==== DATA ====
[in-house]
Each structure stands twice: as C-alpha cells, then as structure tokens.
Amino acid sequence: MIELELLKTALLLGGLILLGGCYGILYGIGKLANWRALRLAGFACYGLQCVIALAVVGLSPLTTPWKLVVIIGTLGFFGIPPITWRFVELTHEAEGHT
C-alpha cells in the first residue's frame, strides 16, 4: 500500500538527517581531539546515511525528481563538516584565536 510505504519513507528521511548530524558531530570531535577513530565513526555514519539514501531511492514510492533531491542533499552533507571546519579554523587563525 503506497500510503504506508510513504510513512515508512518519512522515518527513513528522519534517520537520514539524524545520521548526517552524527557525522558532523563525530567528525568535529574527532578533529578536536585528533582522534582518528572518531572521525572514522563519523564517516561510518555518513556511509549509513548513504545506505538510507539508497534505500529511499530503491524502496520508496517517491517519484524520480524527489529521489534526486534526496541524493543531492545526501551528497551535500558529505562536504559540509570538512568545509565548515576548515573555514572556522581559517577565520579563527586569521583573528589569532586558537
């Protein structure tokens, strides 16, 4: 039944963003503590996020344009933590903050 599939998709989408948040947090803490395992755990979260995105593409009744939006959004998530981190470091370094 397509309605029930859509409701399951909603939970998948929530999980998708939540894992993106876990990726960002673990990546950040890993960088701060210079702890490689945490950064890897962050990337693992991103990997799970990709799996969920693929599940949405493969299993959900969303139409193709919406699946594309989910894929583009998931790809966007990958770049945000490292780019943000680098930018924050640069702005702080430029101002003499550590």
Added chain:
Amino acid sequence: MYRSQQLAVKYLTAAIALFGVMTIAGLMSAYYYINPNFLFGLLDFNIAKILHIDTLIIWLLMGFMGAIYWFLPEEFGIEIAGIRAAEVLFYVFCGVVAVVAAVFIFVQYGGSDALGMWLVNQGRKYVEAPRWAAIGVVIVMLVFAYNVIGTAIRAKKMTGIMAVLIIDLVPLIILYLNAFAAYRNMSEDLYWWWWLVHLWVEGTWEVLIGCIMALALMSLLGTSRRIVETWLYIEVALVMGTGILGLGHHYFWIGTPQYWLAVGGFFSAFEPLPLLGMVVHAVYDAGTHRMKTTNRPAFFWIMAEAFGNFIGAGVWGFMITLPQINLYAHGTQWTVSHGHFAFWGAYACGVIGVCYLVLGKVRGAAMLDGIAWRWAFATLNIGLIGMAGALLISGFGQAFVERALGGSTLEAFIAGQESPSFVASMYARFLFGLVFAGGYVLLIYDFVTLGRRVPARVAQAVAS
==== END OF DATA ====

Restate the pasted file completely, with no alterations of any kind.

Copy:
[in-house]
Each structure stands twice: as C-alpha cells, then as structure tokens.
Amino acid sequence: MIELELLKTALLLGGLILLGGCYGILYGIGKLANWRALRLAGFACYGLQCVIALAVVGLSPLTTPWKLVVIIGTLGFFGIPPITWRFVELTHEAEGHT
C-alpha cells in the first residue's frame, strides 16, 4: 500500500538527517581531539546515511525528481563538516584565536 510505504519513507528521511548530524558531530570531535577513530565513526555514519539514501531511492514510492533531491542533499552533507571546519579554523587563525 503506497500510503504506508510513504510513512515508512518519512522515518527513513528522519534517520537520514539524524545520521548526517552524527557525522558532523563525530567528525568535529574527532578533529578536536585528533582522534582518528572518531572521525572514522563519523564517516561510518555518513556511509549509513548513504545506505538510507539508497534505500529511499530503491524502496520508496517517491517519484524520480524527489529521489534526486534526496541524493543531492545526501551528497551535500558529505562536504559540509570538512568545509565548515576548515573555514572556522581559517577565520579563527586569521583573528589569532586558537
């Protein structure tokens, strides 16, 4: 039944963003503590996020344009933590903050 599939998709989408948040947090803490395992755990979260995105593409009744939006959004998530981190470091370094 397509309605029930859509409701399951909603939970998948929530999980998708939540894992993106876990990726960002673990990546950040890993960088701060210079702890490689945490950064890897962050990337693992991103990997799970990709799996969920693929599940949405493969299993959900969303139409193709919406699946594309989910894929583009998931790809966007990958770049945000490292780019943000680098930018924050640069702005702080430029101002003499550590």
Added chain:
Amino acid sequence: MYRSQQLAVKYLTAAIALFGVMTIAGLMSAYYYINPNFLFGLLDFNIAKILHIDTLIIWLLMGFMGAIYWFLPEEFGIEIAGIRAAEVLFYVFCGVVAVVAAVFIFVQYGGSDALGMWLVNQGRKYVEAPRWAAIGVVIVMLVFAYNVIGTAIRAKKMTGIMAVLIIDLVPLIILYLNAFAAYRNMSEDLYWWWWLVHLWVEGTWEVLIGCIMALALMSLLGTSRRIVETWLYIEVALVMGTGILGLGHHYFWIGTPQYWLAVGGFFSAFEPLPLLGMVVHAVYDAGTHRMKTTNRPAFFWIMAEAFGNFIGAGVWGFMITLPQINLYAHGTQWTVSHGHFAFWGAYACGVIGVCYLVLGKVRGAAMLDGIAWRWAFATLNIGLIGMAGALLISGFGQAFVERALGGSTLEAFIAGQESPSFVASMYARFLFGLVFAGGYVLLIYDFVTLGRRVPARVAQAVAS